5.2.26. No uncovered sales of transferable securities, MMIs or other financial instruments  211

5.3. Look through  212

5.4. Market practices and specific cases  212

5.4.1. Trash ratio  212

5.4.2. VaR  213

5.4.3. Definition of transferable security  213

5.4.4. Borrowing  213

5.4.5. Other  214

5.4.6. Summary  214

5.5. Data issues  214

5.5.1. Specific issues  215

5.5.2. Data consistency  215

5.5.3. OTC data  216

5.5.4. Technology advances  217

5.5.5. Summary  217

5.6. Checking process  217

5.6.1. Ex-post  217

5.6.2. Ex-ante  222

5.7. Conclusion  224

Chapter 6. UCITS Distribution  225

Mark EVANS

6.1. Introduction and overview  225

6.2. Domestic distribution  228

6.2.1. France  228

6.2.2. Germany  229

6.2.3. Italy  229

6.2.4. Switzerland  229

6.2.5. UK  230

6.3. Cross-border distribution  230

6.3.1. Introduction  230

6.3.2. Development of the UCITS Directive  231

6.3.3. Key domiciles of cross-border UCITS  235

6.3.4. Attractiveness of domestic markets for cross-border distribution  237

6.3.5. Key target markets for cross-border UCITS distribution  238

6.4. The distribution process  241

6.4.1. Public distribution  241

6.4.2. Private placement  242

6.4.3. Fund wrappers  243

6.5. Distribution channels  244

6.5.1. Introduction  244

6.5.2. Channel architecture  245

6.6. Distribution Channels  247

6.6.1. Banking: retail/private  247

6.6.2. Insurance/Bank-Insurance (bancassurance)  249

6.6.3. Fund platform growth and the role of intermediaries  249

6.6.4. Boutique Intermediaries  250

6.6.5. Independent Financial Advisors (IFA)  250

6.6.6. Markets to target  252

6.6.7. Appropriate products  253

6.6.8. An effective marketing strategy  253

6.6.9. Fees to maximize sales  254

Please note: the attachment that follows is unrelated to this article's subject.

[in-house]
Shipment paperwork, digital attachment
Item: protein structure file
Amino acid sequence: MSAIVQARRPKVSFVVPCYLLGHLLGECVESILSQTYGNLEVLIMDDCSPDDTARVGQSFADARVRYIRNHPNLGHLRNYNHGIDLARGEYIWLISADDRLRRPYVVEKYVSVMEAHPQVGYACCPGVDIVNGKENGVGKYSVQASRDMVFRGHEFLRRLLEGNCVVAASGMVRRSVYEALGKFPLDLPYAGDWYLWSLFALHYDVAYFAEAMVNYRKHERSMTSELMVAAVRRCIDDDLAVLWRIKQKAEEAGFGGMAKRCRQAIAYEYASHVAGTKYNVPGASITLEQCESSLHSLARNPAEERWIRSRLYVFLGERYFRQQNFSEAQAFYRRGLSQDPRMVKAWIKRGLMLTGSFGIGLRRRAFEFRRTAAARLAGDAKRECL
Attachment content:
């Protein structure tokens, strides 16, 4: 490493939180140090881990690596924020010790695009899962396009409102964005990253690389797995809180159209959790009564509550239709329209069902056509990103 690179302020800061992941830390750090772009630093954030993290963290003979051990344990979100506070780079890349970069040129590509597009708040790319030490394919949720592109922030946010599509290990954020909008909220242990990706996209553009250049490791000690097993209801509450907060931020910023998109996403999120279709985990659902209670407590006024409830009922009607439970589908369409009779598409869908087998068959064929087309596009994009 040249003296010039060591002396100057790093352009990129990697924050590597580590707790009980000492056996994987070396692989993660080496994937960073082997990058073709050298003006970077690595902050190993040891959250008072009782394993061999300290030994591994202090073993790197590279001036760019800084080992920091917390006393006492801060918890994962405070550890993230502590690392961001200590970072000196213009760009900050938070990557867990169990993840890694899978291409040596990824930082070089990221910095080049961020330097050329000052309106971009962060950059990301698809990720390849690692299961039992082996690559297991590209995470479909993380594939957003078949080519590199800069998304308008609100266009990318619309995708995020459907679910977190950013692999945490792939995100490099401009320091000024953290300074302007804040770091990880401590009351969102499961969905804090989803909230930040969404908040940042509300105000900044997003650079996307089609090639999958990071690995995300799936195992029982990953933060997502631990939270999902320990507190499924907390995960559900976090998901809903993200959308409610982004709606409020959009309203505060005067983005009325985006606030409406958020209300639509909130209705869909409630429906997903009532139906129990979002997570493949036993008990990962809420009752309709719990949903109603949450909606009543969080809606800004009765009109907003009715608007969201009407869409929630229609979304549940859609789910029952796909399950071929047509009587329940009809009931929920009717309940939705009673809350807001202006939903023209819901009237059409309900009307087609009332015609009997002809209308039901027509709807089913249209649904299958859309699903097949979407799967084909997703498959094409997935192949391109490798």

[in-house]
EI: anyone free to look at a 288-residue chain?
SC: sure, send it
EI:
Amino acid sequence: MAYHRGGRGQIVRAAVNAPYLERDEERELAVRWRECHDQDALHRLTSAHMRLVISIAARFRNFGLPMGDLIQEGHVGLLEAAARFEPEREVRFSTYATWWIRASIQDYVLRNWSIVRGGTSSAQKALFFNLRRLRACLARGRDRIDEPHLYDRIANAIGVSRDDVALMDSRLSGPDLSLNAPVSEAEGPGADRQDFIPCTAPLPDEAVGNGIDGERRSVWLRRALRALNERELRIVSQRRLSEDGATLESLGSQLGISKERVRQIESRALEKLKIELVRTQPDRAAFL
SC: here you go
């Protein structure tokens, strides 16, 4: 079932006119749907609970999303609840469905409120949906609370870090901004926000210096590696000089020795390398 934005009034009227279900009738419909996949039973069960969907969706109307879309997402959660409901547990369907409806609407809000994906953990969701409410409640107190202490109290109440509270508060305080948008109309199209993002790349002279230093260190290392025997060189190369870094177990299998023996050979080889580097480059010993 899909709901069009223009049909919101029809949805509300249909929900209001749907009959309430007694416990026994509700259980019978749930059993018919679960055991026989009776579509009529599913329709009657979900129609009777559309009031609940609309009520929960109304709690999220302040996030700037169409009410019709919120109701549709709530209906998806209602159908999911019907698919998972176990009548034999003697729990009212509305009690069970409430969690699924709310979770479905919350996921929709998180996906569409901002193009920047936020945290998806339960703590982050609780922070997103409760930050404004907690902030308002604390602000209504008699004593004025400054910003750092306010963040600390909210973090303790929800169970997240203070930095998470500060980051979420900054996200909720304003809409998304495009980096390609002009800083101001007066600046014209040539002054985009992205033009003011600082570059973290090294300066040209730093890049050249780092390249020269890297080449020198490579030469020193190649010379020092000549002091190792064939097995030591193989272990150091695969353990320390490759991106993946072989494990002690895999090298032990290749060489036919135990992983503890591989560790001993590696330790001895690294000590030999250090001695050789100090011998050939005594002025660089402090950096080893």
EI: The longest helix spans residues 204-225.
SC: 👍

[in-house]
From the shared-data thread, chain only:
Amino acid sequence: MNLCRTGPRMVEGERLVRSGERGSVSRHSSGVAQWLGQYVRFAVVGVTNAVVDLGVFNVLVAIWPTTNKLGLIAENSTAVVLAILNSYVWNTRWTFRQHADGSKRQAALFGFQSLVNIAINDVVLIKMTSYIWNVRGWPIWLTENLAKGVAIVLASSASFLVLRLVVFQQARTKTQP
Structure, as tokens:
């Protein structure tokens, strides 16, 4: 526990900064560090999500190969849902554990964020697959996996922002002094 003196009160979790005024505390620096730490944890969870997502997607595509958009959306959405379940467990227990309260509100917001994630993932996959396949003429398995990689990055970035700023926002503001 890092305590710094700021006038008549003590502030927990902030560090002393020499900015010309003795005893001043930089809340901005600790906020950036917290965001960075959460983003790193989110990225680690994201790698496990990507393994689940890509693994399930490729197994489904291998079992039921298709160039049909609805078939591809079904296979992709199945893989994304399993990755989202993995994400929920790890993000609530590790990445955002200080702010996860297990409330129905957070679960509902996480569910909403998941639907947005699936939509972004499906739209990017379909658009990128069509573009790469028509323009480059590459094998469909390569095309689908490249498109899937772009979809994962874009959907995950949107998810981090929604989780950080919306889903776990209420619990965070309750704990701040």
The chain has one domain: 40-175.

6.7. Distribution agreements, fees and payments  254

6.8. Future thoughts: UCITS in transition  259

Chapter 7. The UCITS Management Company and Delegation  261

Killian BUCKLEY and Ciara O’SULLIVAN

7.1. Introduction  261

7.1.1. Overview of chapter coverage  261

7.1.2. History of the organizational structure of a UCITS  262

7.1.3. Evolution to UCITS IV  263

7.1.4. UCITS IV organizational structure, conflicts of interest and rules of conduct  264

7.2. Roles and responsibilities within the organizational structure  272

7.2.1. The evolving role of the depositary  274

7.3. Reporting matrix – how parties interact for reporting  275

7.4. UCITS IV organizational framework – applying best practice  278

7.4.1. Driving best practice  278

7.4.2. MiFID-like requirements  279

7.4.3. Typical UCITS IV structure  279

7.5. Conclusion  283

Chapter 8. UCITS Taxation  285

Andre PESCH

8.1. Introduction  285

8.1.1. The contractual form: the Fonds Commun de Placement  286

8.1.2. The corporate form: investment company with variable or fixed share capital  286

8.2. Taxation of the fund  287

8.2.1. Corporate income and net worth tax  287

8.2.2. Registration duty  288

8.2.3. Annual subscription tax  288

8.2.4. Tax on dissolution  290

8.2.5. Indirect taxation  290

8.3. Taxation of investments made by UCIs  295

8.4. Taxation at the level of the UCI investor  297

8.4.1. Withholding tax  297

8.4.2. Luxembourg individual investor  298

8.4.3. Foreign investors  298

8.4.4. EU Savings Directive  298

8.4.5. Directors’ fees  301

8.5. Management and advisory companies  301

8.5.1. Corporate taxation  301

8.5.2. Indirect taxation  302

8.6. Impact of UCITS IV  305

8.6.1. General considerations  305

8.6.2. Additional queries and open points from a VAT point of view  307

Chapter 9. Alternative UCITS  311

Christian SZYLAR

9.1. Introduction  311

9.2. The main drivers for packaging hedge fund strategies under UCITS  314

9.3. Alternative strategies under UCITS and challenges  317

9.3.1. What is an alternative UCITS?  317

9.4. The cost of liquidity on alternative UCITS returns  324

9.5. Financial derivative instruments  334

9.5.1. Swap  334

9.5.2. Contracts for difference  343

9.5.3. The forward contract  345

9.5.4. The futures contract  345

9.5.5. Options  347

9.5.6. Warrant  349

9.6. Conclusion  350

Bibliography  353

List of Authors  355

Index   357